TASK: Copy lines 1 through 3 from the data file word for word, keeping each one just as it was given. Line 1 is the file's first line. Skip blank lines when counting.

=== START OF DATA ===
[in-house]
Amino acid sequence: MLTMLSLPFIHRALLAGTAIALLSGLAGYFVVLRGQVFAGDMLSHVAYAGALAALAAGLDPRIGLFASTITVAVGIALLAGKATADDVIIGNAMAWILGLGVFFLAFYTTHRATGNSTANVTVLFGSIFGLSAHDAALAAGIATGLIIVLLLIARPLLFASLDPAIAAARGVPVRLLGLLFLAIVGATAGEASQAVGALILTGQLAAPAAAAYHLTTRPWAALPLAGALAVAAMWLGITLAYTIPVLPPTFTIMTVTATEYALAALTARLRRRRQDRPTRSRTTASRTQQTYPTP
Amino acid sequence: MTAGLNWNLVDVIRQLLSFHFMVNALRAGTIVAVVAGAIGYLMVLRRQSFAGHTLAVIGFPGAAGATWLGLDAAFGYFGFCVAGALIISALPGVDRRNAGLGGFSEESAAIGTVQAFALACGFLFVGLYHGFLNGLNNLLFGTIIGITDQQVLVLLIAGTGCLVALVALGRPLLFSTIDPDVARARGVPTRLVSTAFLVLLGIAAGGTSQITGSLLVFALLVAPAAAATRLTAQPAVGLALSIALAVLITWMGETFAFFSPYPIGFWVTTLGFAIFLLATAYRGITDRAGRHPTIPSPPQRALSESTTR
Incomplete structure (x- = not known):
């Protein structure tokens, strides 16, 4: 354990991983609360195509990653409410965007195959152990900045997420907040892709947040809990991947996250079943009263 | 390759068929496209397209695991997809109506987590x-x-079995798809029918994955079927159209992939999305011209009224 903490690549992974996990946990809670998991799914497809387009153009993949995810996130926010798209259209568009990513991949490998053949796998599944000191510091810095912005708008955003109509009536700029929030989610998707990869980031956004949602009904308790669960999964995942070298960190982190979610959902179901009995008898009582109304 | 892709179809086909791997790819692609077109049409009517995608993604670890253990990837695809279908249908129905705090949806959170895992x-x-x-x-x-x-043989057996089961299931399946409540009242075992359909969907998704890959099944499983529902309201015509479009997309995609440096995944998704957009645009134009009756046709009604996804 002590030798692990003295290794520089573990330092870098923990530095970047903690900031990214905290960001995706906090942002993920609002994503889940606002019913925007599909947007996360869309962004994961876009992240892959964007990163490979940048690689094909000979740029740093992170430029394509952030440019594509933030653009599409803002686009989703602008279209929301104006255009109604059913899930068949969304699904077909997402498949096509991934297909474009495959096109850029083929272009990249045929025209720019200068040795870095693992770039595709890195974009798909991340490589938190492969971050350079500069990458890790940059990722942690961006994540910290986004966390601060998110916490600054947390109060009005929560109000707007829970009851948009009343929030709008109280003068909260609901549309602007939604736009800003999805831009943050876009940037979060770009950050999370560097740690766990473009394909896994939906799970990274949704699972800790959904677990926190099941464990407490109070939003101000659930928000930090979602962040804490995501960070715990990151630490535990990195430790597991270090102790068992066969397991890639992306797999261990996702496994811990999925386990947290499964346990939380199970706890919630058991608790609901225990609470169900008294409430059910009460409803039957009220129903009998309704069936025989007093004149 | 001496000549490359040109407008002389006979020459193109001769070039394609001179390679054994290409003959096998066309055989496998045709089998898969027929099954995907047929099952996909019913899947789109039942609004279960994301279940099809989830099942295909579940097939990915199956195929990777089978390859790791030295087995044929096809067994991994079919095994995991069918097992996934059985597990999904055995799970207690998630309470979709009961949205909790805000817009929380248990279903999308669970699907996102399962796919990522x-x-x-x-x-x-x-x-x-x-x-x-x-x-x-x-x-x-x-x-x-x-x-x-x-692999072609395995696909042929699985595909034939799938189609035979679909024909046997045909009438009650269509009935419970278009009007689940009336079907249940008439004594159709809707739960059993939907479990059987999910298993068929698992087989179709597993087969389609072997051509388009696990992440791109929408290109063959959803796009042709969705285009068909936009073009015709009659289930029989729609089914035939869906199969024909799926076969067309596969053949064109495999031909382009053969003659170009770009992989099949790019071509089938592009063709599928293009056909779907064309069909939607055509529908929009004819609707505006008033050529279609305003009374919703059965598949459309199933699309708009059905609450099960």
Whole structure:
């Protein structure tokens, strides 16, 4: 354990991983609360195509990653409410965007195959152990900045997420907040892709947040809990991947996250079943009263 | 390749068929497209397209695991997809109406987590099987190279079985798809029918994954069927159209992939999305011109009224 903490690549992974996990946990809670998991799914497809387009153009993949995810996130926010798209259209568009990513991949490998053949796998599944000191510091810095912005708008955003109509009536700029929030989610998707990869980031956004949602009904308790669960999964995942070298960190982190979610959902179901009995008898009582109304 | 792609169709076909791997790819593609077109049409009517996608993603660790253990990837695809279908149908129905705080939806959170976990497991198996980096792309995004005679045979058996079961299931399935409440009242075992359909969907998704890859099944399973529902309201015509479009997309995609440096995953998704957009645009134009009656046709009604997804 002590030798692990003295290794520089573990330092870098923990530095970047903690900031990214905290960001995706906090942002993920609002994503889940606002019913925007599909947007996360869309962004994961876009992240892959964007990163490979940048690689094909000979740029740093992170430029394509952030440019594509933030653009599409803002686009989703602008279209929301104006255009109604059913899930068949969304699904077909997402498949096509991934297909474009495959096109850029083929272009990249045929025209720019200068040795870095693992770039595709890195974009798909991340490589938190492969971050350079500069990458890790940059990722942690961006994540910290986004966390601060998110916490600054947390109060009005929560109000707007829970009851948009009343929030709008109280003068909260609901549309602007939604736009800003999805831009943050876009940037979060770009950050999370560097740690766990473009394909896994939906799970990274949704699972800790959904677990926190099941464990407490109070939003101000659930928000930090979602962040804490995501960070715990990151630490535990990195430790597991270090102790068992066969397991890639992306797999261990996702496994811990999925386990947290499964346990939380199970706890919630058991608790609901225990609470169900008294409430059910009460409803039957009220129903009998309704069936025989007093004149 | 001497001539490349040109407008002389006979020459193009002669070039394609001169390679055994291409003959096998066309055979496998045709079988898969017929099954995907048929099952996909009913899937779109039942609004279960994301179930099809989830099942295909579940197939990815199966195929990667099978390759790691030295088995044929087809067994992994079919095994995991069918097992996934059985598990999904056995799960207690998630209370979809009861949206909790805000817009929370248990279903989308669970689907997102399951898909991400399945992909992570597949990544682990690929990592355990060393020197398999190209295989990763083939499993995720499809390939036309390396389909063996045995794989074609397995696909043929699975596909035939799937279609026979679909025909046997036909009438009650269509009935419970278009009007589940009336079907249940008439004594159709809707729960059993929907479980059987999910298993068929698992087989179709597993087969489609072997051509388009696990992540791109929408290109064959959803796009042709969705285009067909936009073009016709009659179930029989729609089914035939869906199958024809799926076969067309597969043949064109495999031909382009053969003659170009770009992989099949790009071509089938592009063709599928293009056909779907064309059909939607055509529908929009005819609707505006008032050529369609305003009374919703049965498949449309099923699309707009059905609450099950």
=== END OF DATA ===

[in-house]
Amino acid sequence: MLTMLSLPFIHRALLAGTAIALLSGLAGYFVVLRGQVFAGDMLSHVAYAGALAALAAGLDPRIGLFASTITVAVGIALLAGKATADDVIIGNAMAWILGLGVFFLAFYTTHRATGNSTANVTVLFGSIFGLSAHDAALAAGIATGLIIVLLLIARPLLFASLDPAIAAARGVPVRLLGLLFLAIVGATAGEASQAVGALILTGQLAAPAAAAYHLTTRPWAALPLAGALAVAAMWLGITLAYTIPVLPPTFTIMTVTATEYALAALTARLRRRRQDRPTRSRTTASRTQQTYPTP
Amino acid sequence: MTAGLNWNLVDVIRQLLSFHFMVNALRAGTIVAVVAGAIGYLMVLRRQSFAGHTLAVIGFPGAAGATWLGLDAAFGYFGFCVAGALIISALPGVDRRNAGLGGFSEESAAIGTVQAFALACGFLFVGLYHGFLNGLNNLLFGTIIGITDQQVLVLLIAGTGCLVALVALGRPLLFSTIDPDVARARGVPTRLVSTAFLVLLGIAAGGTSQITGSLLVFALLVAPAAAATRLTAQPAVGLALSIALAVLITWMGETFAFFSPYPIGFWVTTLGFAIFLLATAYRGITDRAGRHPTIPSPPQRALSESTTR